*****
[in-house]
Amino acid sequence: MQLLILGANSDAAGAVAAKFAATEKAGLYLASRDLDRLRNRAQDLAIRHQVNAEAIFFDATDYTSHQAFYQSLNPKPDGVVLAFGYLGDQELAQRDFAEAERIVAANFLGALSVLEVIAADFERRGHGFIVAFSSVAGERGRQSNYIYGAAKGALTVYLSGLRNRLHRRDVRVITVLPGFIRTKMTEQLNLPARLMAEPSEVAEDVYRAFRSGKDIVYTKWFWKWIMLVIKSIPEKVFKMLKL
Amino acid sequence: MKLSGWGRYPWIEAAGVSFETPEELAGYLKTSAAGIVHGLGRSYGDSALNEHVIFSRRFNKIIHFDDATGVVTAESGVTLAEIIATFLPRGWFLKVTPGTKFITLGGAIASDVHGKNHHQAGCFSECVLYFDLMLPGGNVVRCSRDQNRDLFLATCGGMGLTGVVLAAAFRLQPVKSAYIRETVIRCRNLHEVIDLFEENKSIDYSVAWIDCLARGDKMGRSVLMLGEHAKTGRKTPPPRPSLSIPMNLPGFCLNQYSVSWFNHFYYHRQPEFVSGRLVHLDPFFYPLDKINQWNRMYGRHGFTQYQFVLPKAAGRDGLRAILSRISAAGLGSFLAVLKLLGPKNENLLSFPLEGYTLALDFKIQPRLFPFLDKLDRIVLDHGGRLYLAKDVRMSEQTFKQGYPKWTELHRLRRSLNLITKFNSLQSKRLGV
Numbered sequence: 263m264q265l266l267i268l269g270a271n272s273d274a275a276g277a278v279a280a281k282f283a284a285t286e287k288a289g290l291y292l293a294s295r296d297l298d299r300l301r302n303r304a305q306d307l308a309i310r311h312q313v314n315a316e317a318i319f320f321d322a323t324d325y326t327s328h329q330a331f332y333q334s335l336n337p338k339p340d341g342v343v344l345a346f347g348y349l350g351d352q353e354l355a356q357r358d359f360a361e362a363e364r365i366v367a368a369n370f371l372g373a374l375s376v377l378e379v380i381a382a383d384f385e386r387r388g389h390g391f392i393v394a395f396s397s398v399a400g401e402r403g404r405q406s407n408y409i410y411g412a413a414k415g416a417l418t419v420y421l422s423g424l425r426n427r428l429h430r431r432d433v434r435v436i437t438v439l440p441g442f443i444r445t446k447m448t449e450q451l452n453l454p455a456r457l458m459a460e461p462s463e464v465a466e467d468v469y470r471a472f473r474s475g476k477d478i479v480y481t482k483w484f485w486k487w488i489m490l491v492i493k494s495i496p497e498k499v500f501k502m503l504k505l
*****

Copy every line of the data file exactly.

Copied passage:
[in-house]
Amino acid sequence: MQLLILGANSDAAGAVAAKFAATEKAGLYLASRDLDRLRNRAQDLAIRHQVNAEAIFFDATDYTSHQAFYQSLNPKPDGVVLAFGYLGDQELAQRDFAEAERIVAANFLGALSVLEVIAADFERRGHGFIVAFSSVAGERGRQSNYIYGAAKGALTVYLSGLRNRLHRRDVRVITVLPGFIRTKMTEQLNLPARLMAEPSEVAEDVYRAFRSGKDIVYTKWFWKWIMLVIKSIPEKVFKMLKL
Amino acid sequence: MKLSGWGRYPWIEAAGVSFETPEELAGYLKTSAAGIVHGLGRSYGDSALNEHVIFSRRFNKIIHFDDATGVVTAESGVTLAEIIATFLPRGWFLKVTPGTKFITLGGAIASDVHGKNHHQAGCFSECVLYFDLMLPGGNVVRCSRDQNRDLFLATCGGMGLTGVVLAAAFRLQPVKSAYIRETVIRCRNLHEVIDLFEENKSIDYSVAWIDCLARGDKMGRSVLMLGEHAKTGRKTPPPRPSLSIPMNLPGFCLNQYSVSWFNHFYYHRQPEFVSGRLVHLDPFFYPLDKINQWNRMYGRHGFTQYQFVLPKAAGRDGLRAILSRISAAGLGSFLAVLKLLGPKNENLLSFPLEGYTLALDFKIQPRLFPFLDKLDRIVLDHGGRLYLAKDVRMSEQTFKQGYPKWTELHRLRRSLNLITKFNSLQSKRLGV
Numbered sequence: 263m264q265l266l267i268l269g270a271n272s273d274a275a276g277a278v279a280a281k282f283a284a285t286e287k288a289g290l291y292l293a294s295r296d297l298d299r300l301r302n303r304a305q306d307l308a309i310r311h312q313v314n315a316e317a318i319f320f321d322a323t324d325y326t327s328h329q330a331f332y333q334s335l336n337p338k339p340d341g342v343v344l345a346f347g348y349l350g351d352q353e354l355a356q357r358d359f360a361e362a363e364r365i366v367a368a369n370f371l372g373a374l375s376v377l378e379v380i381a382a383d384f385e386r387r388g389h390g391f392i393v394a395f396s397s398v399a400g401e402r403g404r405q406s407n408y409i410y411g412a413a414k415g416a417l418t419v420y421l422s423g424l425r426n427r428l429h430r431r432d433v434r435v436i437t438v439l440p441g442f443i444r445t446k447m448t449e450q451l452n453l454p455a456r457l458m459a460e461p462s463e464v465a466e467d468v469y470r471a472f473r474s475g476k477d478i479v480y481t482k483w484f485w486k487w488i489m490l491v492i493k494s495i496p497e498k499v500f501k502m503l504k505l